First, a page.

The University of Michigan Law School recently issued guidelines saying that “applicants ought not use ChatGPT or other artificial intelligence tools as part of their drafting process.” But the law school does allow applicants to ask mentors, friends or other humans “for basic proofreading assistance and general feedback and critiques.”
The Sandra Day O’Connor College of Law at Arizona State University has taken the opposite stance. The law school’s website says applicants may use A.I. tools to prepare their application materials as long as they “use this technology responsibly” and certify the information they submit is true.
After experimenting with ChatGPT this summer, the admissions team at Georgia Tech chose a third way. The university’s website recently posted guidelines encouraging high school applicants to use A.I. tools as collaborators to “brainstorm, refine and edit” their ideas. At the same time, the site warned applicants that they should “not copy and paste content you did not create directly into your application.”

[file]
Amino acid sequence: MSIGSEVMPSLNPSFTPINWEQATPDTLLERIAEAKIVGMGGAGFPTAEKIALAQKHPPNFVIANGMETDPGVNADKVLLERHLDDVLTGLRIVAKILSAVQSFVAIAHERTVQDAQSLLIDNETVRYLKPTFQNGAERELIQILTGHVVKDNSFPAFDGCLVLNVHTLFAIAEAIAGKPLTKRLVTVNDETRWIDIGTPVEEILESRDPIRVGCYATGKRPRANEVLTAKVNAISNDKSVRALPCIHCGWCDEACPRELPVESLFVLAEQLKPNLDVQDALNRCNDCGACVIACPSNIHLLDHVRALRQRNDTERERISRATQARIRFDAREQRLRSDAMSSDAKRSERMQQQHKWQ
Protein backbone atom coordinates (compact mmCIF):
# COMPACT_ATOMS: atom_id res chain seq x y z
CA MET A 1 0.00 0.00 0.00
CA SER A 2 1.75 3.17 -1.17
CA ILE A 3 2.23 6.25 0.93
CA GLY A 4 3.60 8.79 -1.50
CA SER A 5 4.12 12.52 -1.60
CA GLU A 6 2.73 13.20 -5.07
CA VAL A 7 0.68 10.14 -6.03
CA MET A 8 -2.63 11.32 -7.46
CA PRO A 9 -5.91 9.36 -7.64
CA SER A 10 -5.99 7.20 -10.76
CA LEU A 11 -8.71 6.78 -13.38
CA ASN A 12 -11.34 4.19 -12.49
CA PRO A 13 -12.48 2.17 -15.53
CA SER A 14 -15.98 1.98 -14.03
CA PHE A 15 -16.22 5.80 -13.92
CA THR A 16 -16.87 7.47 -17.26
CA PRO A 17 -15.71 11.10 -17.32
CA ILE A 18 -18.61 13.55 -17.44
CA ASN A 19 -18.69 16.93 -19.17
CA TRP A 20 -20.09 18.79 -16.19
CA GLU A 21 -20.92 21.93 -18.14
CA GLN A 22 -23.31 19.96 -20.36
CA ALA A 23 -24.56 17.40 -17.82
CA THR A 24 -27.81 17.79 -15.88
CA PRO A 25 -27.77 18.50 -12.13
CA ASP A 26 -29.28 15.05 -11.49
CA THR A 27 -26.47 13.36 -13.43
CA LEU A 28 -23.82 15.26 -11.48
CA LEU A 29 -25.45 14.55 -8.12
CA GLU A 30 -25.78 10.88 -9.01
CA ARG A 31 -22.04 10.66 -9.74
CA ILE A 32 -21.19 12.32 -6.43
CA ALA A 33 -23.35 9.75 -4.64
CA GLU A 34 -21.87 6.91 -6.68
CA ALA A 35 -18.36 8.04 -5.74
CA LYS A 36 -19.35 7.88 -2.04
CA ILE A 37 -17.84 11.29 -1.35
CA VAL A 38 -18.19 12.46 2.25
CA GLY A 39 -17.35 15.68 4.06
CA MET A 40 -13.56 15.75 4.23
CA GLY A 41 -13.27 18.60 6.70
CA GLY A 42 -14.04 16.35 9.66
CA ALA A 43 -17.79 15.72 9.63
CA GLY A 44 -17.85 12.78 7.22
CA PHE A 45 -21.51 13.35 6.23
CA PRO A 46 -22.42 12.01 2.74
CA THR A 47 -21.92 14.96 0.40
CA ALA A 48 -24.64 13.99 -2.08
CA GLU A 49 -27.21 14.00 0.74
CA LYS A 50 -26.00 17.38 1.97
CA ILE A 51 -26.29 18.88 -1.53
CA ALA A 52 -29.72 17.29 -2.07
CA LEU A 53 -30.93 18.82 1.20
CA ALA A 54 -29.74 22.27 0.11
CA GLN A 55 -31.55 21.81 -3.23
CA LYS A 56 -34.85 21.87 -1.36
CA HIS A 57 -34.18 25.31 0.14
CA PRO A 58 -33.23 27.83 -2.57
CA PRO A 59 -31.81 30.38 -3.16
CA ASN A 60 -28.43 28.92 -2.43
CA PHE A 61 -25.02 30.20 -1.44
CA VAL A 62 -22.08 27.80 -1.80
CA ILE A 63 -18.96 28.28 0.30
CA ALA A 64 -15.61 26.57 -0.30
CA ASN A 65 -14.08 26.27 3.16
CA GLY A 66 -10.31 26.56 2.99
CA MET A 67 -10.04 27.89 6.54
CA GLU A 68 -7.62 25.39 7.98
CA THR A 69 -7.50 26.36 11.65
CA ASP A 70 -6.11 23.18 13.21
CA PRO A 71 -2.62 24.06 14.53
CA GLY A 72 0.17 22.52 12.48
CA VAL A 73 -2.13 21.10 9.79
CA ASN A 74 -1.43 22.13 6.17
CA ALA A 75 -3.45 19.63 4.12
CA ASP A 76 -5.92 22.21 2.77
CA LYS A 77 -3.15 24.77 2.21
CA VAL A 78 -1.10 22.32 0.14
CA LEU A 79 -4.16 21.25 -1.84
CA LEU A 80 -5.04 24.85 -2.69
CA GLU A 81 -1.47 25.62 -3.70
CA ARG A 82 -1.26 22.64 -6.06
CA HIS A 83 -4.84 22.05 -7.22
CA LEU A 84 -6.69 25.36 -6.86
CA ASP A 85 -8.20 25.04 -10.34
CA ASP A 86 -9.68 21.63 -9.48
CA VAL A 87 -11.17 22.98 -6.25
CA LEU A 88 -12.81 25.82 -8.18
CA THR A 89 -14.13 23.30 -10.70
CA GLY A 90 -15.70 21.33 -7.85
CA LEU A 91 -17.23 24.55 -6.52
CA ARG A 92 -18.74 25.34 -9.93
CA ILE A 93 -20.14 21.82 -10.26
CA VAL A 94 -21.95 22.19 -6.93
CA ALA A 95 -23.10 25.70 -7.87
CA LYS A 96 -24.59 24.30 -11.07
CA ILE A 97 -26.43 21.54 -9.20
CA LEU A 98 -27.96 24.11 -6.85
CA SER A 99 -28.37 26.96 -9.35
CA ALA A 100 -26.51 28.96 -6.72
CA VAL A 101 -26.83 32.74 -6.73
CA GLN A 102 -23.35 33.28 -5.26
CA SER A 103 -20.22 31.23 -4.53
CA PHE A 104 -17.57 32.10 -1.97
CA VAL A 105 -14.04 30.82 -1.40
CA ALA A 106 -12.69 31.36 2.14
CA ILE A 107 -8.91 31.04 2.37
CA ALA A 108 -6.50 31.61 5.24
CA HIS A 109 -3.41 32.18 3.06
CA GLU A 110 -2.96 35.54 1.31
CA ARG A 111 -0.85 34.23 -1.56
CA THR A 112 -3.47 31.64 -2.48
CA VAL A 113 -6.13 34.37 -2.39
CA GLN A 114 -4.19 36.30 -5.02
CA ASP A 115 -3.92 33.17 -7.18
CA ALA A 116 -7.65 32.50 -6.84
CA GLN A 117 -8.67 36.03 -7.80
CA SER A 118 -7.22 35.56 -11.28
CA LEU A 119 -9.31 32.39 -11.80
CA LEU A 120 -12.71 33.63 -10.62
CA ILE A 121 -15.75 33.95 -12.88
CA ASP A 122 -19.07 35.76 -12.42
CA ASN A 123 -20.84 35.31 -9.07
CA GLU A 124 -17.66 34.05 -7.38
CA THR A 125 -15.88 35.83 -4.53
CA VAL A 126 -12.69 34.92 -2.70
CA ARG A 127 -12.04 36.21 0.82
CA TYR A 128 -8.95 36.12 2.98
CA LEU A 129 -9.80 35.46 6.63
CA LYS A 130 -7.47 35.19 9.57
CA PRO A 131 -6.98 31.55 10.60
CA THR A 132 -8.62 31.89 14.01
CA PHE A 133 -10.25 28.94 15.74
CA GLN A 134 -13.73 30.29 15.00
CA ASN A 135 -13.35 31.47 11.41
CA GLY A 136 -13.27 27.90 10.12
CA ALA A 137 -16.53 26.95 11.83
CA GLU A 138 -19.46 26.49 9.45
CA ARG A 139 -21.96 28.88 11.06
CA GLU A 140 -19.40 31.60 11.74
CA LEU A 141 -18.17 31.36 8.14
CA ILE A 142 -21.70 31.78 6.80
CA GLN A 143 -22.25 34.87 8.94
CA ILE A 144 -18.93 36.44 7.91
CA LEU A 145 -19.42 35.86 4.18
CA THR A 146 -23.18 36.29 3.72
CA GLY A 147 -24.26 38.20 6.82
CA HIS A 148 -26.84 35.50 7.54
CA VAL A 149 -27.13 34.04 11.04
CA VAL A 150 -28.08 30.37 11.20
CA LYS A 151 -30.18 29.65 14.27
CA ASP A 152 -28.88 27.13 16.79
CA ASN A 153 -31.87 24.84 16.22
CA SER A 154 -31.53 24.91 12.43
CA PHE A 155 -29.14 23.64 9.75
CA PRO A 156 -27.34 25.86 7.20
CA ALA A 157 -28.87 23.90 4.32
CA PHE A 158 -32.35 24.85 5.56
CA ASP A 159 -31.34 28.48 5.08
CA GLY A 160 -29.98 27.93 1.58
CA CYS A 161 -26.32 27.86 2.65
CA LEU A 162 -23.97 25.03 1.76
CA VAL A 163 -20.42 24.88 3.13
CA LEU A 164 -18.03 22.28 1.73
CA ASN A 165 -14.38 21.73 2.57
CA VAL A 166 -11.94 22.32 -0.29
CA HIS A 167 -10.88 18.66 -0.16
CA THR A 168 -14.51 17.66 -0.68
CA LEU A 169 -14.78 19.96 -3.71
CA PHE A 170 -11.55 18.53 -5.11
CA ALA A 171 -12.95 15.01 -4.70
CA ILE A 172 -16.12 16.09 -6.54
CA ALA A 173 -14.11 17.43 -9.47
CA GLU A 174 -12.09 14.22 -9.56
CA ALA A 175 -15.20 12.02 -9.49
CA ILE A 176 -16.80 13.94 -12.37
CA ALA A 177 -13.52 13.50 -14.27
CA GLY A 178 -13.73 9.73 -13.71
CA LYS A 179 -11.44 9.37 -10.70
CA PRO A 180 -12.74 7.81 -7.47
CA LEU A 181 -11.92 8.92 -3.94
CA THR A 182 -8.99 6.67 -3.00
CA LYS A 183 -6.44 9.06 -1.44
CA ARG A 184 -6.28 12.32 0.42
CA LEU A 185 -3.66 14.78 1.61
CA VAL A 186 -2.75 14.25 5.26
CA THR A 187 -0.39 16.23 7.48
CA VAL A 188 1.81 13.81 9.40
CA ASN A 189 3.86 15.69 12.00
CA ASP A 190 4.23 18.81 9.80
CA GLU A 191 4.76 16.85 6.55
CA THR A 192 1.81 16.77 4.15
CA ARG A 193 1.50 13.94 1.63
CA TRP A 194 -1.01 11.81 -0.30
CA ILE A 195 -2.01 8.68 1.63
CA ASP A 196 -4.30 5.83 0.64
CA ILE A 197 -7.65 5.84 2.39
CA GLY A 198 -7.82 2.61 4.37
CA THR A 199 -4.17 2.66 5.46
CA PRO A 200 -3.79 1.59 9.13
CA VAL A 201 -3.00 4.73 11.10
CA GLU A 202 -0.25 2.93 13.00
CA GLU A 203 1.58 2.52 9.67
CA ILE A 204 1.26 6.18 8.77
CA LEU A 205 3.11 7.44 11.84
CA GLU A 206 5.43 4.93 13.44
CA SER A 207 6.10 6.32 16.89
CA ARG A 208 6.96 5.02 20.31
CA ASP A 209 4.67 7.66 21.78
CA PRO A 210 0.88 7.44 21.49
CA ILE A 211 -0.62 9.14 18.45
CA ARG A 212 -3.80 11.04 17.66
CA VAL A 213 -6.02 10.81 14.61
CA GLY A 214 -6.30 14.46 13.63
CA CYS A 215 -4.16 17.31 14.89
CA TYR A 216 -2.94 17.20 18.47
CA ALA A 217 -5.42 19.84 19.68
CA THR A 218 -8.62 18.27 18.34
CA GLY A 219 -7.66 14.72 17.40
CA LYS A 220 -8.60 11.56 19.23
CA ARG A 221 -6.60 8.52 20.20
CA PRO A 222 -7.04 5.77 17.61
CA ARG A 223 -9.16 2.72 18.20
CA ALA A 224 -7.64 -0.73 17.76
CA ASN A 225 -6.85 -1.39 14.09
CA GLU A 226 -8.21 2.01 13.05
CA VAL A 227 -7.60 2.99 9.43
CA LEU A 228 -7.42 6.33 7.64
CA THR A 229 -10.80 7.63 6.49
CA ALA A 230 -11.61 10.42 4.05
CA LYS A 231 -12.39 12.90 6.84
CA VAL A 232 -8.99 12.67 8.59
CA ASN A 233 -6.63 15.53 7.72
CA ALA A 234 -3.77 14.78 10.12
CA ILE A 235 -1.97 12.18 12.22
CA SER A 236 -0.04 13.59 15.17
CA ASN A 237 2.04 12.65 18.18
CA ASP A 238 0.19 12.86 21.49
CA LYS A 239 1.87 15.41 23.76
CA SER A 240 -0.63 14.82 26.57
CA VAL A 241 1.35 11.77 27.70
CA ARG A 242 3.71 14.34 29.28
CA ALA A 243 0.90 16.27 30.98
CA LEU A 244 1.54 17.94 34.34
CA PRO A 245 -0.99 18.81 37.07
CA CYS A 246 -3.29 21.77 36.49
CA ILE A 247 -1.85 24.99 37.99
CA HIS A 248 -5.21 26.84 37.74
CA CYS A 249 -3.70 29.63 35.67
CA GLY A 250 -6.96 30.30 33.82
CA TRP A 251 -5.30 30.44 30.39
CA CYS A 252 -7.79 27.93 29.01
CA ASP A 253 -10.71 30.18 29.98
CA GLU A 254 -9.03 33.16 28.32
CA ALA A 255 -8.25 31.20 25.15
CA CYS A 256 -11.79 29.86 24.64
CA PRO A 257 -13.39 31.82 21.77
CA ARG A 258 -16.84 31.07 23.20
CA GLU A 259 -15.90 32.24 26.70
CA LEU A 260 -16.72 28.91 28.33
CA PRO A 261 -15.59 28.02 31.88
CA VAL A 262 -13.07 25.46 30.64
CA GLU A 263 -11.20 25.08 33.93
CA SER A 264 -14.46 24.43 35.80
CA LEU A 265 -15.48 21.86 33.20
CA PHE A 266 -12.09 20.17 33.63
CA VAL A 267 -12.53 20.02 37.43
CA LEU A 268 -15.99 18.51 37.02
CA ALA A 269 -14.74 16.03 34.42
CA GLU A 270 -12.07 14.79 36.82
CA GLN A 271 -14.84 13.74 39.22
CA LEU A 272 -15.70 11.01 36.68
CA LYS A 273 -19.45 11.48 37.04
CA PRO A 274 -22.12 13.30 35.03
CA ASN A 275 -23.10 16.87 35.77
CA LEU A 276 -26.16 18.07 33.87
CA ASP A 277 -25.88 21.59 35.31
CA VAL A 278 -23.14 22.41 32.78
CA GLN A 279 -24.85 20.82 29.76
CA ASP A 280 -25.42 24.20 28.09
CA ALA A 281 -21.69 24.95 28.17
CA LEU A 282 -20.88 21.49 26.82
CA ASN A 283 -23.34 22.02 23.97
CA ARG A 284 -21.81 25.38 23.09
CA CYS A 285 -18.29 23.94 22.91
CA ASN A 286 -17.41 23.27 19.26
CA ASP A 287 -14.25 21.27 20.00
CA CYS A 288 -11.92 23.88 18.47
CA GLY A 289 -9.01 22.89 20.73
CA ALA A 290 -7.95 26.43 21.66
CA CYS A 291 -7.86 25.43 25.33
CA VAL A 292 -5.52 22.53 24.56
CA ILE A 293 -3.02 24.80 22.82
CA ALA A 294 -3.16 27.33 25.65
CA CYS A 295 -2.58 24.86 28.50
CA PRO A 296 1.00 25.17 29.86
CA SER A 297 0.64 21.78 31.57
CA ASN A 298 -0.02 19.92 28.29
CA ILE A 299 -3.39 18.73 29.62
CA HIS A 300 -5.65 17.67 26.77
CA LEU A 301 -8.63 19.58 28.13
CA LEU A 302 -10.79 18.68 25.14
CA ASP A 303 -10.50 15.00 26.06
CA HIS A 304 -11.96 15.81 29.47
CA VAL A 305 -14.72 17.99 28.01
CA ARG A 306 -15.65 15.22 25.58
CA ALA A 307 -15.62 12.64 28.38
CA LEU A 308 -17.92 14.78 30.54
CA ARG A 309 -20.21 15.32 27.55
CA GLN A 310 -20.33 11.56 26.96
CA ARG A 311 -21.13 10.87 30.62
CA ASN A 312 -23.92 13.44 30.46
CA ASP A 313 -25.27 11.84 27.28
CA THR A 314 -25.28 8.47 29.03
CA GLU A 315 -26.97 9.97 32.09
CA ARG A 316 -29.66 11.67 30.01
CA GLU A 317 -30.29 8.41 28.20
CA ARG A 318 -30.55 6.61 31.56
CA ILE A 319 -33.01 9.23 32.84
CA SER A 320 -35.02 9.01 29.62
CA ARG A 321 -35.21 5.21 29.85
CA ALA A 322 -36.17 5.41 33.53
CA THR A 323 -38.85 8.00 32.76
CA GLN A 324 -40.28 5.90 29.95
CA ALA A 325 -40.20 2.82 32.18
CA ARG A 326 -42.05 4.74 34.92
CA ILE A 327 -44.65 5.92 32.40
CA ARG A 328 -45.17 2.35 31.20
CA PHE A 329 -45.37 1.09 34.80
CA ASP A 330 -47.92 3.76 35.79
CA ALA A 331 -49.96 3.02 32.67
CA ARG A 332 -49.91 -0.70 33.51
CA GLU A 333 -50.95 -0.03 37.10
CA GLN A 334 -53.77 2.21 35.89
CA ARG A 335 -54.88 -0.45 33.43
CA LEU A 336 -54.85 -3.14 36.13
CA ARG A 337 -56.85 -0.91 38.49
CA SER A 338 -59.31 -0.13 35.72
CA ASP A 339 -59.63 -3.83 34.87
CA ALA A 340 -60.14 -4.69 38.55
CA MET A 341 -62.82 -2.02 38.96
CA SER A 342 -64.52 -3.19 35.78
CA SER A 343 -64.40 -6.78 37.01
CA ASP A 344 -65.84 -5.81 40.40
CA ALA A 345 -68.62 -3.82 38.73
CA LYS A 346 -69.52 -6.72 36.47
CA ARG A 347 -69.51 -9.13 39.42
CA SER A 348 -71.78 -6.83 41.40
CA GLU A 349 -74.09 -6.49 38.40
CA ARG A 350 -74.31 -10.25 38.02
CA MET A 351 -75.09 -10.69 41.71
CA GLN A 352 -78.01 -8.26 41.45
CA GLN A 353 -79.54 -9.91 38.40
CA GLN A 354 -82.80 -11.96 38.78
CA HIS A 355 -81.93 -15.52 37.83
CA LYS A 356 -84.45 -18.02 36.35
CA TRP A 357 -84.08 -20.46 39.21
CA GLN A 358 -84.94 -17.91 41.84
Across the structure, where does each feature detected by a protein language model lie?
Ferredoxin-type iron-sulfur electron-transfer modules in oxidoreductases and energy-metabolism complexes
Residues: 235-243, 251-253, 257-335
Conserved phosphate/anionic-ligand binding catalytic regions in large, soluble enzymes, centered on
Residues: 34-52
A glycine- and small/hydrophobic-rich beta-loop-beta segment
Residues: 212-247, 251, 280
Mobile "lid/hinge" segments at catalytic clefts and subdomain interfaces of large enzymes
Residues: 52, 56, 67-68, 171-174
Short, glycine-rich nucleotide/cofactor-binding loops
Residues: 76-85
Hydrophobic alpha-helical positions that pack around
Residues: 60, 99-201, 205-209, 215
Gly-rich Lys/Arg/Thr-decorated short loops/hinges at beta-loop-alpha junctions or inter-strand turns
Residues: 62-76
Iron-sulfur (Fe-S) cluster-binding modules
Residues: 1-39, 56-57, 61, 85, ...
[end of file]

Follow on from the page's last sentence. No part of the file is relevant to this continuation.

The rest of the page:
Mr. Clark, the Georgia Tech admissions official, said ChatGPT could not compete with live writing coaches or savvy parents in providing feedback to high school students on their personal essays. But he hoped it could help many students get started.
“It’s free, it’s accessible and it’s helpful,” Mr. Clark said. “It’s progress toward equity.”
Several high school seniors said in interviews that they had chosen not to use A.I. tools to help draft their essays — partly because they wanted to tell their own personal stories themselves, and partly because many universities have not taken clear stances on applicants’ use of the chatbots.
“The vagueness and ambiguity is kind of hard for us,” said Kevin Jacob, a senior at the Gwinnett School of Mathematics, Science and Technology in the Atlanta area. The public high school has a dedicated writing center where students may get feedback on their college essays.